Mayview State Hospital
Mayview State Hospital is a former state mental institution in Allegheny County, Pennsylvania. It closed in December 2008 and was demolished several years later.
One of the earliest mental institutions in Allegheny County was a 30-room poorhouse, orphan home, and mental hospital for the city of Pittsburgh, which was overcrowded by 1846. 1 The city acquired 150 acres along the banks of the Monongahela River and constructed a 300-patient, three-story replacement institution, but this, too, became overcrowded.
The county sought a location in the countryside, believing that a combination of rest, talk, and manual labor would rehabilitate patients. It was an extension of the York Retreat, a radical departure in mental illness treatment that had been founded in 1796 by the Quakers and others. Marshalsea, named for the London debtors prison, was constructed on 243-acres of the George Neal Farm in southern Allegheny County in 1893. 1 2 It could house 340 patients. 2 The existing poorhouse was sold to the Carnegie Steel Company for $450,000. 1
A building to house the specifically mentally challenged was added in 1899 1 but it was not long before it had a reputation “as a place of sorrow.”
“Poor wrecks of humanity they are – some mental, some physical, some moral wrecks – stranded, at last dependent upon the city for enough to keep a miserable broken body and a poor shrunken soul together. […] If there is to-day a discontented man or woman in this city I prescribe a trip to Marshalsea. The blood may flee from the face at times and pity clutch at the heart strings.”
-Home Monthly, 1900
A contest was held in 1916 to find a more suitable name for the facility in an attempt to ward off the negativity surrounding Marshalsea’s reputation. 1 Mayview won out of the four finalists and the hospital was renamed to the Pittsburgh City Home & Hospital at Mayview. 2
A coal mine at Mayview opened in 1917, which fed fuel into an on-site power plant that produced steam for heat and electricity for the buildings; 1 it was in operation until 1956. 2 A hospital-operated farm raised approximately 60% of the food that was consumed in the complex.
At the height of the county institution in 1934, Mayview boasted 4,000 patients, 450 employees, and 80 buildings spread over 1,001 acres. 1 2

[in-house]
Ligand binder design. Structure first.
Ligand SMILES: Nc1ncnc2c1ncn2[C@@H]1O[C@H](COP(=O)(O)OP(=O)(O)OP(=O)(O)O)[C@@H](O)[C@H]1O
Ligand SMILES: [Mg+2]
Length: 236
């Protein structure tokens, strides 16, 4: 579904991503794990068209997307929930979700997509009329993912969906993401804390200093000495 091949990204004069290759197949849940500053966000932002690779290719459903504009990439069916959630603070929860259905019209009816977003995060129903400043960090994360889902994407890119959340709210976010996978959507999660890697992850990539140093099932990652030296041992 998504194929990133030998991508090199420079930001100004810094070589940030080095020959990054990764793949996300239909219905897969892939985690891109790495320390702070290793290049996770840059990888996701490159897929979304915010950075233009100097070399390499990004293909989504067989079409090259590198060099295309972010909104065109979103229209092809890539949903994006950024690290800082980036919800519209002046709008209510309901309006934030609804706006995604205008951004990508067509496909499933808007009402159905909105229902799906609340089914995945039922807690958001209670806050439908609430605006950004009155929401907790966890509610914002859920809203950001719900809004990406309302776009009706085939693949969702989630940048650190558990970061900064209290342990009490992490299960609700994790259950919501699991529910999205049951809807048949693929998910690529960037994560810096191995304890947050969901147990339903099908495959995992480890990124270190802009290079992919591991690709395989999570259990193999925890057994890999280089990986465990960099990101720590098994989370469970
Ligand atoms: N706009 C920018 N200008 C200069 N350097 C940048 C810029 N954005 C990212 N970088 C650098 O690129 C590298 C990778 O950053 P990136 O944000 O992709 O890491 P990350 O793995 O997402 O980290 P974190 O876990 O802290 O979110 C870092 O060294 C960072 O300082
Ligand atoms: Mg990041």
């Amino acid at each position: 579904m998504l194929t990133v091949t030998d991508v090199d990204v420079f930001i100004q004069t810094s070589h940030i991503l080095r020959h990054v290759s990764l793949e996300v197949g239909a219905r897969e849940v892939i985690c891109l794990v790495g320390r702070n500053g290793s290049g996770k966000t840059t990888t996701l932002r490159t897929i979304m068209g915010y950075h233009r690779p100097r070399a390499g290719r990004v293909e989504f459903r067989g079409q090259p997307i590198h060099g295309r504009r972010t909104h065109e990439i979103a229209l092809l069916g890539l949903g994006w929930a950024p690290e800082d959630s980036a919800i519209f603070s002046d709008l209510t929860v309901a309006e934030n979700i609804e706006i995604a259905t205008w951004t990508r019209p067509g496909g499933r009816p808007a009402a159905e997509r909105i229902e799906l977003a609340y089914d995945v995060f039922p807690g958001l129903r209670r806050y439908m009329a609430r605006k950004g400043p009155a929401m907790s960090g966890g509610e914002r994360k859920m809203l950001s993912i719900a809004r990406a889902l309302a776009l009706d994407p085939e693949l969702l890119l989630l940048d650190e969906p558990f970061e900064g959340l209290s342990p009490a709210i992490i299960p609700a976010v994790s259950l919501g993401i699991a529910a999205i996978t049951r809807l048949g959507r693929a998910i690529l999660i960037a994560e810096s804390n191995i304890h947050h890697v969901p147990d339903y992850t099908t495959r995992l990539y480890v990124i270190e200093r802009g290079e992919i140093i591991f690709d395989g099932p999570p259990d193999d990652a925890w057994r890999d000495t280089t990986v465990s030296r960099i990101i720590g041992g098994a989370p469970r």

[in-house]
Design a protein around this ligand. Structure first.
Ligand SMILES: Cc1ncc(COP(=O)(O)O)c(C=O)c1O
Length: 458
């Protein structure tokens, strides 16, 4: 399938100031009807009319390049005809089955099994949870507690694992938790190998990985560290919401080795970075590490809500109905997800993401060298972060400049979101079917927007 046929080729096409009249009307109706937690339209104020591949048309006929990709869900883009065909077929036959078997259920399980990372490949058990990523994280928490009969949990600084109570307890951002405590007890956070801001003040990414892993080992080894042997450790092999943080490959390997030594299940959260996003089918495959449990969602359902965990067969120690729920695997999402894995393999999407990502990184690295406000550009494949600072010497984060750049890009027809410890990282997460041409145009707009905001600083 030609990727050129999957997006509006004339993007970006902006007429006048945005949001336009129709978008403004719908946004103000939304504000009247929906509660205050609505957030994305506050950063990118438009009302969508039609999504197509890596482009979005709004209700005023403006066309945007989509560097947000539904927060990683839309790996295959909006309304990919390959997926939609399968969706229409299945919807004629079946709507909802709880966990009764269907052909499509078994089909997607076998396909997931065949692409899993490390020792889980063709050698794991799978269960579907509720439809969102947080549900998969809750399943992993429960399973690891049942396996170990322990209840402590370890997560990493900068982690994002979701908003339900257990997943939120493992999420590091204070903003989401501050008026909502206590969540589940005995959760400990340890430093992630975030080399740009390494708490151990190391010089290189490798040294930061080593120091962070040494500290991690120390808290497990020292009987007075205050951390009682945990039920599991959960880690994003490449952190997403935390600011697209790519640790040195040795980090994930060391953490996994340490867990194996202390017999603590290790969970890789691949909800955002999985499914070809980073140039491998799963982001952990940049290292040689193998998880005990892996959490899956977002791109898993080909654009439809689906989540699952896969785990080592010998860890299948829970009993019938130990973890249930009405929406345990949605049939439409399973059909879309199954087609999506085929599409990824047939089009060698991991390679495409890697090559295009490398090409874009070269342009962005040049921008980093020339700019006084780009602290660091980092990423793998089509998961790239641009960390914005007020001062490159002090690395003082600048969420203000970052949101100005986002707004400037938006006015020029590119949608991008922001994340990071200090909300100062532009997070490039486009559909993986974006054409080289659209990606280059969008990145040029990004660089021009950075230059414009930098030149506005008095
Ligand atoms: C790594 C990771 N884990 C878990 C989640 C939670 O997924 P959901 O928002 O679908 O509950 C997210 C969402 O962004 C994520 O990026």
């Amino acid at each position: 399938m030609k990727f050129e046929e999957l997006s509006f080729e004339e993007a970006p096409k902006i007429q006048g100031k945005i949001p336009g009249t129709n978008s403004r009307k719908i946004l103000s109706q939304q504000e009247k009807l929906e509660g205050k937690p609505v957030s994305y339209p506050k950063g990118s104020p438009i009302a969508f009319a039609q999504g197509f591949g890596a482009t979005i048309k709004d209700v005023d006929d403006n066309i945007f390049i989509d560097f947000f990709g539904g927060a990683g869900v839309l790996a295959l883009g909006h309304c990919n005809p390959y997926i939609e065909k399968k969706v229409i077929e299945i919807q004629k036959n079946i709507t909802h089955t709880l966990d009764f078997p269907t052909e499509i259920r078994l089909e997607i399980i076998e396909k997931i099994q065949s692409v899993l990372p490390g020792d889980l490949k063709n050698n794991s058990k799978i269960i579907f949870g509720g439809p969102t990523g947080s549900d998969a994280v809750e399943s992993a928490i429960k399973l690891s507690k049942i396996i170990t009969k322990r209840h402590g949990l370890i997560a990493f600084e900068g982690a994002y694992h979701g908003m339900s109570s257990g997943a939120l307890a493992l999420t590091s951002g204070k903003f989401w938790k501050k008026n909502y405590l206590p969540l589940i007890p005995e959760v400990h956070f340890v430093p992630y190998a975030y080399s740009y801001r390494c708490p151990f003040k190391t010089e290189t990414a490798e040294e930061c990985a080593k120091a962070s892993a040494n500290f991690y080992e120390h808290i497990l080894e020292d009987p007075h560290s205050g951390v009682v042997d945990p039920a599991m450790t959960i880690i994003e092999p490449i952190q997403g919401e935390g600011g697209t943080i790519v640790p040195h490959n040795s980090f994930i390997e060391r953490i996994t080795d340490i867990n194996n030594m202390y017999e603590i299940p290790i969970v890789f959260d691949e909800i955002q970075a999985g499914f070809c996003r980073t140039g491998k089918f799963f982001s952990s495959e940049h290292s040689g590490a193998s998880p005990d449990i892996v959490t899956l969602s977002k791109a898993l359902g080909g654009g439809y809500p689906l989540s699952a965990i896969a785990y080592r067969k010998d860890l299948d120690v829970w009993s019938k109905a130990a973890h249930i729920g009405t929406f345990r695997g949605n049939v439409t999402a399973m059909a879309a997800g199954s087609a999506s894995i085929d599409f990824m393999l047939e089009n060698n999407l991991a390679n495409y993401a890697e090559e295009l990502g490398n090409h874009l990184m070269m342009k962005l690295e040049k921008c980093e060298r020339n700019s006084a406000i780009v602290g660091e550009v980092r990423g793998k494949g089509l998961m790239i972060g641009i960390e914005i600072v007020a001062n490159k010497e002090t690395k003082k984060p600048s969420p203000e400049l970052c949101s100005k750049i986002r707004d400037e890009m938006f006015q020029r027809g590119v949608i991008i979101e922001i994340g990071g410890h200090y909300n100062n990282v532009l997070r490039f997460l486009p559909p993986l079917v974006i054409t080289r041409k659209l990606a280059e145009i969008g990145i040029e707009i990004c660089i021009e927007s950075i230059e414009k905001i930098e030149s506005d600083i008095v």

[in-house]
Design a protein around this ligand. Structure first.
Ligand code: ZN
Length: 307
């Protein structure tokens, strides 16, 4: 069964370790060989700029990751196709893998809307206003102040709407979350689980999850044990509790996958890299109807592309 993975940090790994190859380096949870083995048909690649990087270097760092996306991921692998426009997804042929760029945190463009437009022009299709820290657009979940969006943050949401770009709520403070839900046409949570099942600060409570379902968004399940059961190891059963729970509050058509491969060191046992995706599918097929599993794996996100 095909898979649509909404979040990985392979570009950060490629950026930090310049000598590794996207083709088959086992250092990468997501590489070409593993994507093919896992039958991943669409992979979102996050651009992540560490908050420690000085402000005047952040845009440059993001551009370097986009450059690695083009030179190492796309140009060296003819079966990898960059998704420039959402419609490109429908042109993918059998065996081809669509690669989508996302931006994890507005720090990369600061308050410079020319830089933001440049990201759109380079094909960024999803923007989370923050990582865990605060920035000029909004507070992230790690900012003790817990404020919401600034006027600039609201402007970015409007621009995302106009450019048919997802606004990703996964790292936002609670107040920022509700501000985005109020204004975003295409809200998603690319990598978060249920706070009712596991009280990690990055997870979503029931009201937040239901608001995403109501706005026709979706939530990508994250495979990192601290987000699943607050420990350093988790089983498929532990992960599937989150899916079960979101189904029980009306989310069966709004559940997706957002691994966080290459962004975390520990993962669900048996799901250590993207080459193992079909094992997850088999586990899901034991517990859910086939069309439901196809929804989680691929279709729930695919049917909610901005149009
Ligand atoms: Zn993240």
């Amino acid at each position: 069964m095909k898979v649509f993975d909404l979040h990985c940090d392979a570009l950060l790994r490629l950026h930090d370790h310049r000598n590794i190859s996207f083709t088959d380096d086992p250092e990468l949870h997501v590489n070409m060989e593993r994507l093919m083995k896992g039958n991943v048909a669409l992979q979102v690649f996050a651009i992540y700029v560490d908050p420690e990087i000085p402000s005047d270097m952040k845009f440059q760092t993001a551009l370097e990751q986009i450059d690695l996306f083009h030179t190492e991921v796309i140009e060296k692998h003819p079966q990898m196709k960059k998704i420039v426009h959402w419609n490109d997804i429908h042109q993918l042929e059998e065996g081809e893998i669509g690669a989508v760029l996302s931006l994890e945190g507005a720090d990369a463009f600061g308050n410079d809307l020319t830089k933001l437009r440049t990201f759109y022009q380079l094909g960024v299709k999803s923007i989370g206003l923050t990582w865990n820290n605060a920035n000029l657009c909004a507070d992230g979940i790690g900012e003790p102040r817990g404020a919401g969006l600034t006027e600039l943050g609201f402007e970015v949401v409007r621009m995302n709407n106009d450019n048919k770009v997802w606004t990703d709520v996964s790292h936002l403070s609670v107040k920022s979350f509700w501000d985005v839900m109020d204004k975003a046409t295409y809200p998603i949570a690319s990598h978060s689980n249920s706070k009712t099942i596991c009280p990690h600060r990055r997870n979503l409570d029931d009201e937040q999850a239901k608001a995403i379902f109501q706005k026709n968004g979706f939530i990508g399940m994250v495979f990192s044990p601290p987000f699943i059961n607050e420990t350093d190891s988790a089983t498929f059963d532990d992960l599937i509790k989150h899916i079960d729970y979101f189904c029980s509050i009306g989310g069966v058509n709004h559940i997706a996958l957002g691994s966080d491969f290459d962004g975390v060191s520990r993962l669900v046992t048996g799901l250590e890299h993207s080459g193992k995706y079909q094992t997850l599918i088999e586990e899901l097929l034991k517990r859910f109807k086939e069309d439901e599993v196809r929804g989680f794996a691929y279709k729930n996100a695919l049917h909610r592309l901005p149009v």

The Commonwealth of Pennsylvania assumed responsibility for Mayview’s 3,200 residents on June 1, 1941. 2 An observation unit was established in 1946, which provided evaluation and treatment for individuals in the criminal justice system. 3 It became the forensic center in 1974. 2
Through advances in treatment for those with mental illness, state hospitals such as Mayview experienced patient declines. In 1969, more than 27,000 were housed in state hospitals, a number that declined to 4,900 in the mid-1990’s and less than 2,000 by 2007.3
In the early 1990’s, Mayview’s adolescent ward was shuttered.8 By 2008, only several buildings remained in active use on 335 acres at Mayview, housing 225 individuals from five nearby counties, employing 502 and containing a total operating budget of $63 million.1 2 Thirty-nine buildings remained, 12 of which were used for patient care and hospital administration. The remainder were either abandoned or mothballed.2
The closure of Mayview was long planned, but hastened after a series of serious incidents and deaths. In October 2007, within a time frame of 24 hours, two former Mayview patients died. Anthony Fallert, who had been released in the spring of 2006, had wondered from his residence in a South Side residence operated by Mercy Behavioral Mental Health, and most likely leapt to his death into the Monongahela River from the Birmingham Bridge.1 Fallert had also lived in facilities in Clarion County and New Kensington. On the day that Fallert’s body was being pulled from the river, Ahson J. Abdullah, another former patient of Mayview, was struck by a train as he walked on railroad tracks near his residence in Braddock. Abdullah, who revolved in and out of jail for most of his life, was a patient of Mayview’s forensic unit.1